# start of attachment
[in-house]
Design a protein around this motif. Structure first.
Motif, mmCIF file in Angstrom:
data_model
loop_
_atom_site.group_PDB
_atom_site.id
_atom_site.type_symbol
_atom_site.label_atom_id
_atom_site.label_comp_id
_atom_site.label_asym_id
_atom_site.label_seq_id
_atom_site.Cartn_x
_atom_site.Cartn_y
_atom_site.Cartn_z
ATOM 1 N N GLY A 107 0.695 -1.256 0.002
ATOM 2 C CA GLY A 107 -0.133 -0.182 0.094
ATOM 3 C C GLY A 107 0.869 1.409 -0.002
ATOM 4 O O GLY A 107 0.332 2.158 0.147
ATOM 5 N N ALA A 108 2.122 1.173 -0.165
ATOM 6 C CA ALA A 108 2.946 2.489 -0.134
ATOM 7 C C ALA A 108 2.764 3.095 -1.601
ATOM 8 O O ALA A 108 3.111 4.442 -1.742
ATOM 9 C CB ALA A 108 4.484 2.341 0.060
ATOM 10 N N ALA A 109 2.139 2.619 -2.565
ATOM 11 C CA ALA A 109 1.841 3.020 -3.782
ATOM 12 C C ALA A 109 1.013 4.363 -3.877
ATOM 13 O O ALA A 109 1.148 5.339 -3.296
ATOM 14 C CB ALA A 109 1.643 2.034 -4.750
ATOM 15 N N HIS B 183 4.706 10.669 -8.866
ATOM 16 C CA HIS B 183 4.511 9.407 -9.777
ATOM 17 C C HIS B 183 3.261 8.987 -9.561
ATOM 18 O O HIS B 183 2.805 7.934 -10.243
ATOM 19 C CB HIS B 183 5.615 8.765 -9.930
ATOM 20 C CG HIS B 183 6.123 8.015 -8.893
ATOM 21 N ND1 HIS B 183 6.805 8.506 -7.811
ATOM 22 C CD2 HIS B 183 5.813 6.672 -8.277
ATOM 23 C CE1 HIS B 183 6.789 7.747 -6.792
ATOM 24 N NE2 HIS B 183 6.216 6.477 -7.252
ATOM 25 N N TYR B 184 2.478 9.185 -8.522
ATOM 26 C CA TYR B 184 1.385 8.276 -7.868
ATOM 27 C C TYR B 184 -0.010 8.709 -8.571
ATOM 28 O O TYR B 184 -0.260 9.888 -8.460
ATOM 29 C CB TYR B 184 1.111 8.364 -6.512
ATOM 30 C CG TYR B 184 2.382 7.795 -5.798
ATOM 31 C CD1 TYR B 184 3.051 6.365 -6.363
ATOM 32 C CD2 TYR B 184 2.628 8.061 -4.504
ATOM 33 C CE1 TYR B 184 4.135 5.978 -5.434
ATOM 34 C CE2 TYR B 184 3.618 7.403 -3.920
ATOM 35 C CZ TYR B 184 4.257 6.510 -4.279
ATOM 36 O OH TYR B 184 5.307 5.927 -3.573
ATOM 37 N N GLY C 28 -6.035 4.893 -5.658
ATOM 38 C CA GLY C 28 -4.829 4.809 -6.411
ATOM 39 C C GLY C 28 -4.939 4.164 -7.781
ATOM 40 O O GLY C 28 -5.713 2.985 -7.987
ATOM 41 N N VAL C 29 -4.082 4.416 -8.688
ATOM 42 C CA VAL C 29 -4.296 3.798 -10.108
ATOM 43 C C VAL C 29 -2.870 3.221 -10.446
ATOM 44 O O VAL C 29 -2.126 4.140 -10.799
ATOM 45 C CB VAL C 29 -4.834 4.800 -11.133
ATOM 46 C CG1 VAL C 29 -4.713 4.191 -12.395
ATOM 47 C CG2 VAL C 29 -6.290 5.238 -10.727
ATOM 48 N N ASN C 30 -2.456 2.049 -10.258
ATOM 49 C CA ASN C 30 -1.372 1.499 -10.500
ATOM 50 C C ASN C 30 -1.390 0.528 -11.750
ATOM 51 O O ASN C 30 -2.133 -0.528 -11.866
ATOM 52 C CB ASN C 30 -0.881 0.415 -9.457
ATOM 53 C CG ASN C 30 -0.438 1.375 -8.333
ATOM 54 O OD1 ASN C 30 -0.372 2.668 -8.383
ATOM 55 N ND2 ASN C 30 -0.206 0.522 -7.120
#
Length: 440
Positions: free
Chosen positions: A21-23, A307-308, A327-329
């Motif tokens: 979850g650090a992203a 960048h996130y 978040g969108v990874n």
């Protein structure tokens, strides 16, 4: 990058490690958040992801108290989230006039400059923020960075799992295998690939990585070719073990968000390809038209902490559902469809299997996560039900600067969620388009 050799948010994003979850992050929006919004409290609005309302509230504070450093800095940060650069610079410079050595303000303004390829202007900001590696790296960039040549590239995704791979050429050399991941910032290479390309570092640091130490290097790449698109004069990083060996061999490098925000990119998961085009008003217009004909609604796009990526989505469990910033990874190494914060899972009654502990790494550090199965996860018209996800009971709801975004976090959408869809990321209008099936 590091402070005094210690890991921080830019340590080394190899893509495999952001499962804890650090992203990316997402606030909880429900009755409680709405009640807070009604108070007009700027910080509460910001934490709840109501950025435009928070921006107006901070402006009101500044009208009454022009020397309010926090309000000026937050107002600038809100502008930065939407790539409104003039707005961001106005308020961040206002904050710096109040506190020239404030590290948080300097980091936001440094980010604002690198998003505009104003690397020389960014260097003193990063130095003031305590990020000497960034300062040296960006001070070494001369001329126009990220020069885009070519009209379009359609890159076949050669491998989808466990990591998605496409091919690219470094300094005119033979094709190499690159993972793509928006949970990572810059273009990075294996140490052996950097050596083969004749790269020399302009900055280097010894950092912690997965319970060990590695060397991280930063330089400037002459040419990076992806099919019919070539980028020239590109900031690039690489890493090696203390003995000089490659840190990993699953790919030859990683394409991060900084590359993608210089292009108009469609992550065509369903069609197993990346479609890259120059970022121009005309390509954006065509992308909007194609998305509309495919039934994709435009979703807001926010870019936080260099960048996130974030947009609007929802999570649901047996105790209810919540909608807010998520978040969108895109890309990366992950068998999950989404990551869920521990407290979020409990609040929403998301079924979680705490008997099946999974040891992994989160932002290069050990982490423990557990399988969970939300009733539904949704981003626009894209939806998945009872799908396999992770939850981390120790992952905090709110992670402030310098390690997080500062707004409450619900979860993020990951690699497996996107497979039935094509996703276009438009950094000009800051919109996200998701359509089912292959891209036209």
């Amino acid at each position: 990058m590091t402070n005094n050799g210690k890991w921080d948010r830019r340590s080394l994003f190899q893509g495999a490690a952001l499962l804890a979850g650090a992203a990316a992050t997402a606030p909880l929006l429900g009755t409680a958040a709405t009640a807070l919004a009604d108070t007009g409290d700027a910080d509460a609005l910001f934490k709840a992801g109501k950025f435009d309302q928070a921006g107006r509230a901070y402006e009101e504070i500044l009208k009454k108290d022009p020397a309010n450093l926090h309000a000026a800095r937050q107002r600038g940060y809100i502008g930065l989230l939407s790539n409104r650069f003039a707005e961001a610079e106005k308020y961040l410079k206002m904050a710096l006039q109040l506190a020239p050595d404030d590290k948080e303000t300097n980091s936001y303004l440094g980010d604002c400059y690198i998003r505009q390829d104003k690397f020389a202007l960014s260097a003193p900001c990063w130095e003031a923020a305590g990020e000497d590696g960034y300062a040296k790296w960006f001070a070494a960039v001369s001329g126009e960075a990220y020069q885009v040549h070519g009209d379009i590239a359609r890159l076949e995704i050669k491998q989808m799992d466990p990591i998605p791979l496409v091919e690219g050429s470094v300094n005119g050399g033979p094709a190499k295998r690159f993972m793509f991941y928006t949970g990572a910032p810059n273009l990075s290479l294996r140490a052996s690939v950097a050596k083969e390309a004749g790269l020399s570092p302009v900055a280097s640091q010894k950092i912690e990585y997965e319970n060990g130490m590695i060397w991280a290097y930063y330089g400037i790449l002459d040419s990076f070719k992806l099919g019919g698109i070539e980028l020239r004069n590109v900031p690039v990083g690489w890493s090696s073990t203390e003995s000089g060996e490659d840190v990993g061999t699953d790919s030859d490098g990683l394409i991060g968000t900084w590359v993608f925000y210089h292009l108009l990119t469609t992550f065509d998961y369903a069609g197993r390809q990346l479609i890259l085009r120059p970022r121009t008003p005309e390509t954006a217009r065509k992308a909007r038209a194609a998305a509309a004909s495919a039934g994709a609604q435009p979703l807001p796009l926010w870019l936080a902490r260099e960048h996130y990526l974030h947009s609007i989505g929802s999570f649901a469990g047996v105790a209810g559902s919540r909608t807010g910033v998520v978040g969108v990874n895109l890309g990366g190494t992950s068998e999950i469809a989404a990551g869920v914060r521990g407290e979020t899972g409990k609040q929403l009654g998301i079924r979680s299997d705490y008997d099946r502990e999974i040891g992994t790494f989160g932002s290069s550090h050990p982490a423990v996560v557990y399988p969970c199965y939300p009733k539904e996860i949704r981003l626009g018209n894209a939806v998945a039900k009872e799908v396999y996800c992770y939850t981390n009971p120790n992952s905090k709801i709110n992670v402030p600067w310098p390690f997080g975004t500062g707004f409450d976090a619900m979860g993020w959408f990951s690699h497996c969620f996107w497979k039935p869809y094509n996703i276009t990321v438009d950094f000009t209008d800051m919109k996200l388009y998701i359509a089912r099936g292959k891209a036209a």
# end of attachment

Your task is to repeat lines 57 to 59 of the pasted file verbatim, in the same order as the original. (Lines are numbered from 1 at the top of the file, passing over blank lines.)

ATOM 42 C CA VAL C 29 -4.296 3.798 -10.108
ATOM 43 C C VAL C 29 -2.870 3.221 -10.446
ATOM 44 O O VAL C 29 -2.126 4.140 -10.799